Watch Teresa’s story to discover how the power of community can be harnessed to uplift each other through all of life’s ups and downs.
Donate now at autismbc.ca/donate
My name is Teresa and I’m the mother of a ten year old autistic child. M was diagnosed two years ago, in the middle of the pandemic.
M and I were hit very hard during the pandemic. I am a single mom and at that time I got most of my strength from my community. We had to isolate ourselves completely and both of us started to spiral. I had been suffering from compounded parental burnout for years, so by July 2020 I was so exhausted that I came to a breaking point. I had a severe breakdown and needed an intervention of care.
We were lucky that the system put together many supports that we benefited from and some I found myself. But, I was a total newbie. I was told to “find my team” and that meant nothing to me. I had never been so exhausted in all my life and now everyone with a professional title was telling me that I needed to be a super parent. That’s when I found Meets.
My Meets. My Release Valve.
Joining AutismBC Meets made me feel like I found my people. Having a high-needs child is a very demanding task on a regular day. But in a pandemic, it’s nearly impossible to meet their needs and your own on any day. At the time that I joined most of us were in isolation and trying to manage the impossible. The meetings were so important to those who joined. If not just for a release valve.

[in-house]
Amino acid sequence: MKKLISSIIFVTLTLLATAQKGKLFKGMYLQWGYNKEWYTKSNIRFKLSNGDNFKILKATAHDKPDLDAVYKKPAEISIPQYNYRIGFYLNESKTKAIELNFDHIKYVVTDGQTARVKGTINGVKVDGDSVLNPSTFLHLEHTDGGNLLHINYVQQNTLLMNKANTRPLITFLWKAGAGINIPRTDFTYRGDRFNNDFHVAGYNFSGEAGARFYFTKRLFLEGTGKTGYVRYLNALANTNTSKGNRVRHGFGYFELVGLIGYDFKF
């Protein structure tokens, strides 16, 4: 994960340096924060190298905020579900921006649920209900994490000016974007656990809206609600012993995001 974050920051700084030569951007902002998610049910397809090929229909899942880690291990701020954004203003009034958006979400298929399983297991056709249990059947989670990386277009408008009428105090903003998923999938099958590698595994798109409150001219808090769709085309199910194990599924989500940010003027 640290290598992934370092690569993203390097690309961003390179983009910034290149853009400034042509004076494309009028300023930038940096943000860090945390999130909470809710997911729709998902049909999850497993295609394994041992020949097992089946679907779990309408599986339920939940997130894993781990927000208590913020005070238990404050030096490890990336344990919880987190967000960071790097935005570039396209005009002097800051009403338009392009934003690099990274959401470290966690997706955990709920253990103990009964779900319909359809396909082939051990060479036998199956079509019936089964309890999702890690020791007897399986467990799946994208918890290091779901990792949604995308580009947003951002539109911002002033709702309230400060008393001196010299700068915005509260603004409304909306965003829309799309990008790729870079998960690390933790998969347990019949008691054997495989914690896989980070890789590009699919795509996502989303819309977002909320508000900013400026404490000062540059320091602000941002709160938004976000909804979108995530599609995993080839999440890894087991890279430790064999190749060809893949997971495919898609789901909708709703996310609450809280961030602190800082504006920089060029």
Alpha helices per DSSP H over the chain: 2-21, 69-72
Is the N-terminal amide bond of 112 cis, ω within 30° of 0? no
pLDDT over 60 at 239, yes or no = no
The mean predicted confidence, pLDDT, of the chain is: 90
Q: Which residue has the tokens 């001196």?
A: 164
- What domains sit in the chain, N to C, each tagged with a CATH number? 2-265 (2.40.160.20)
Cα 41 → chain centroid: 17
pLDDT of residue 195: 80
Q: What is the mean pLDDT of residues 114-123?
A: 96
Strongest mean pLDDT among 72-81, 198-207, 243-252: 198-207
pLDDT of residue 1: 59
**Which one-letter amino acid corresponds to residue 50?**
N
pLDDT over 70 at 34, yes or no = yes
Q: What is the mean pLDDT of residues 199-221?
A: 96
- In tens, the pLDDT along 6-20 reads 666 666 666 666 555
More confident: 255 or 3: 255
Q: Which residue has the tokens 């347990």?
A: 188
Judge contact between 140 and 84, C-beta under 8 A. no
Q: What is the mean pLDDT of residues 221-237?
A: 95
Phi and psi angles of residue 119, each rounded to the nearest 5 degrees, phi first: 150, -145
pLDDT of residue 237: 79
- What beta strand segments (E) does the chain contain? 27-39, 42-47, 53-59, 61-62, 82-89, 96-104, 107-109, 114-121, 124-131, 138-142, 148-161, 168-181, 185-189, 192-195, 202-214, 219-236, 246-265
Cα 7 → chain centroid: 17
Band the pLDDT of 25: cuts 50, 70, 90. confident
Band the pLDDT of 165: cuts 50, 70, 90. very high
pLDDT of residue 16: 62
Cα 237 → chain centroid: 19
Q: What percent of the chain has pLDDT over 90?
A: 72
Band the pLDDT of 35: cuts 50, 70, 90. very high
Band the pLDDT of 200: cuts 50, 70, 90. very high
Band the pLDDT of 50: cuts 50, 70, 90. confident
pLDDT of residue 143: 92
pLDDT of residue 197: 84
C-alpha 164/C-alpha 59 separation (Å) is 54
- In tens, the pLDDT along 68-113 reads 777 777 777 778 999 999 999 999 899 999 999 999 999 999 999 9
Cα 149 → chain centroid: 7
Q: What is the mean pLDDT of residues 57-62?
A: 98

My family’s situation has improved significantly since we got M’s designation and all of our supports in place. I am a regular member of our Meets because I consider them part of my self-care routine now. I often make note of thoughts or situations that I know the group will help me with and in that way I know I have a place to bring my family experiences that most other people don’t understand. I know someone will be working on an issue I have some experience with and I also know that if I’m having a rough week I can share what’s hard.
The Meets are always about sharing and resource sharing, especially for new members. And if one parent is needing to share heavy stuff we make room for that and give the time in our meets to make sure they feel heard and safe. And always a sense of togetherness.
My Meets. My Modern Village.
Raising a child on the spectrum can be quite difficult without the power of community to help caregivers process the complex moments. Government services don’t offer family support, they offer a narrow range of child supports. “It takes a village to raise a child” and AutismBC Meets are like connecting to your modern village. If you are struggling to understand the myriad of often inexplicable services, terms, and limitations, you can find your people in these meet-ups. If you feel like you’re at the end of your rope and what you have been trying isn’t working or your child is not being seen and supported, you will find a place to be heard in Meets. What donating to Autism BC Meets does is give caregivers and autistic adults a refuge to repair, gather our thoughts, make plans that work for our families, share a wealth of knowledge, and find a moment to feel understood.
Everyone needs a place to Meet.
Everyone needs a place where they feel safe to open up and share their challenges and triumphs.
A place to connect with a community of people who understand and can offer advice.
A place to listen, learn, and laugh. AutismBC Meets provides opportunities for people in the autism community to connect, empower, and learn from one another. We believe in the power of community to uplift each other through all of life’s ups and downs.
Help autistic people and their families find a safe, judgement-free environment to be themselves. Donate now at autismbc.ca/donate